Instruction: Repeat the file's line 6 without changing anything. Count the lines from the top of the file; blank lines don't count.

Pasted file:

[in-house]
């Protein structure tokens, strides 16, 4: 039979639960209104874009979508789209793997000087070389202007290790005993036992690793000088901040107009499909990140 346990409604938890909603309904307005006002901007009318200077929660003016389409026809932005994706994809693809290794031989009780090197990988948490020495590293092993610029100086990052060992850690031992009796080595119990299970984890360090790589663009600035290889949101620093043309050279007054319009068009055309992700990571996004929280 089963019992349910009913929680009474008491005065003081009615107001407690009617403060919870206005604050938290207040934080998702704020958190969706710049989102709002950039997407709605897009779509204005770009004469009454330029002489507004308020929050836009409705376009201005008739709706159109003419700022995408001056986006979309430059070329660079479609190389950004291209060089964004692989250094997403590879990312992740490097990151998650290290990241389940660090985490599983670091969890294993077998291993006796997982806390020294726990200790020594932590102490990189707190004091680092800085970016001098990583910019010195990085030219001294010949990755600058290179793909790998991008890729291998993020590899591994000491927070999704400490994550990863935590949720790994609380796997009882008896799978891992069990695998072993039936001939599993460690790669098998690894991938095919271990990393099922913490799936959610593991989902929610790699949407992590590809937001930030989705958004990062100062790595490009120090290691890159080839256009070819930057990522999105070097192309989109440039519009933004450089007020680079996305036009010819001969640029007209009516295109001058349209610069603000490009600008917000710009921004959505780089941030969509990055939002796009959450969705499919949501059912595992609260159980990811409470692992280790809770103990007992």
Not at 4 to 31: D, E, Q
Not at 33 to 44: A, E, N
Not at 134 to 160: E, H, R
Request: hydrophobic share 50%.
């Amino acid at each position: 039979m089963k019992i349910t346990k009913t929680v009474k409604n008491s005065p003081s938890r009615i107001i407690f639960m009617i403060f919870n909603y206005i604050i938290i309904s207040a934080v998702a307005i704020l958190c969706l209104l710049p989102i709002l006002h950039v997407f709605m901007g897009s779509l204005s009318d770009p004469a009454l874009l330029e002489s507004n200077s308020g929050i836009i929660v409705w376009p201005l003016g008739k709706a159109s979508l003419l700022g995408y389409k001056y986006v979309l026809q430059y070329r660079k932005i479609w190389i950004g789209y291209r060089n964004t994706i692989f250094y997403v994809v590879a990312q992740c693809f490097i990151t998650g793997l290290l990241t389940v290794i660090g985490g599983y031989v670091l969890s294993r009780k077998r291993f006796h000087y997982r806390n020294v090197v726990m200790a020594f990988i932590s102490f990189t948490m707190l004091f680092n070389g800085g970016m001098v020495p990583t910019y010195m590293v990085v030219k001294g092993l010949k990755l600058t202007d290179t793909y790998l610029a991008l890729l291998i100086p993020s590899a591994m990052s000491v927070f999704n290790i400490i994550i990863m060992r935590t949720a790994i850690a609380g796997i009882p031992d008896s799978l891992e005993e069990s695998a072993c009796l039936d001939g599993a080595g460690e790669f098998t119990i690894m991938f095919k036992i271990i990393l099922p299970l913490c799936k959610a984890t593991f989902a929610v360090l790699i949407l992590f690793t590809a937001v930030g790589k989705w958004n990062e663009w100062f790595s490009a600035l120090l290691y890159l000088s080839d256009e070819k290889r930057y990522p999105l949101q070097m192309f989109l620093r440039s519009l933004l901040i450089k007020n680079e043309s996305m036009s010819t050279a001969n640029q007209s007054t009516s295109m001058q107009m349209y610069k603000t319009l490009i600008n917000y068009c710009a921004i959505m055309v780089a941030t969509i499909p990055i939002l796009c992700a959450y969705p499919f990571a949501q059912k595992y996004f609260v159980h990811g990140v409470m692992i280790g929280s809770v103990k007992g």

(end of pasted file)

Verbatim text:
Request: hydrophobic share 50%.